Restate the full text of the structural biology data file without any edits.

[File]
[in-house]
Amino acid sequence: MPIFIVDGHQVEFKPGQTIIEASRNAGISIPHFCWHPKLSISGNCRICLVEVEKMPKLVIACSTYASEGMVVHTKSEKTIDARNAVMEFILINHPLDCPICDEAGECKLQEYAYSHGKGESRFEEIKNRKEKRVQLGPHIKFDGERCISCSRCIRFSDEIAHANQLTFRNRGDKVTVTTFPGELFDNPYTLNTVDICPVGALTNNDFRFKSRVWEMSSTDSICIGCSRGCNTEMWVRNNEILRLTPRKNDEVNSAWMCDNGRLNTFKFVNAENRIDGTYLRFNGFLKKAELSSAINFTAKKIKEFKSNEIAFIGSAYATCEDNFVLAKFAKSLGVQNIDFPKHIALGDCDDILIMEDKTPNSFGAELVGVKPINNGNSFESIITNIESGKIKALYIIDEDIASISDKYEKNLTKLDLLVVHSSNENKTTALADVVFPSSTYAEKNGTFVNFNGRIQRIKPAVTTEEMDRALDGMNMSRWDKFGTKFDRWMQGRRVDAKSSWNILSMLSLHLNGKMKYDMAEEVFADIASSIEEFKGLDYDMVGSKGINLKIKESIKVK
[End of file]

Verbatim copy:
[in-house]
Amino acid sequence: MPIFIVDGHQVEFKPGQTIIEASRNAGISIPHFCWHPKLSISGNCRICLVEVEKMPKLVIACSTYASEGMVVHTKSEKTIDARNAVMEFILINHPLDCPICDEAGECKLQEYAYSHGKGESRFEEIKNRKEKRVQLGPHIKFDGERCISCSRCIRFSDEIAHANQLTFRNRGDKVTVTTFPGELFDNPYTLNTVDICPVGALTNNDFRFKSRVWEMSSTDSICIGCSRGCNTEMWVRNNEILRLTPRKNDEVNSAWMCDNGRLNTFKFVNAENRIDGTYLRFNGFLKKAELSSAINFTAKKIKEFKSNEIAFIGSAYATCEDNFVLAKFAKSLGVQNIDFPKHIALGDCDDILIMEDKTPNSFGAELVGVKPINNGNSFESIITNIESGKIKALYIIDEDIASISDKYEKNLTKLDLLVVHSSNENKTTALADVVFPSSTYAEKNGTFVNFNGRIQRIKPAVTTEEMDRALDGMNMSRWDKFGTKFDRWMQGRRVDAKSSWNILSMLSLHLNGKMKYDMAEEVFADIASSIEEFKGLDYDMVGSKGINLKIKESIKVK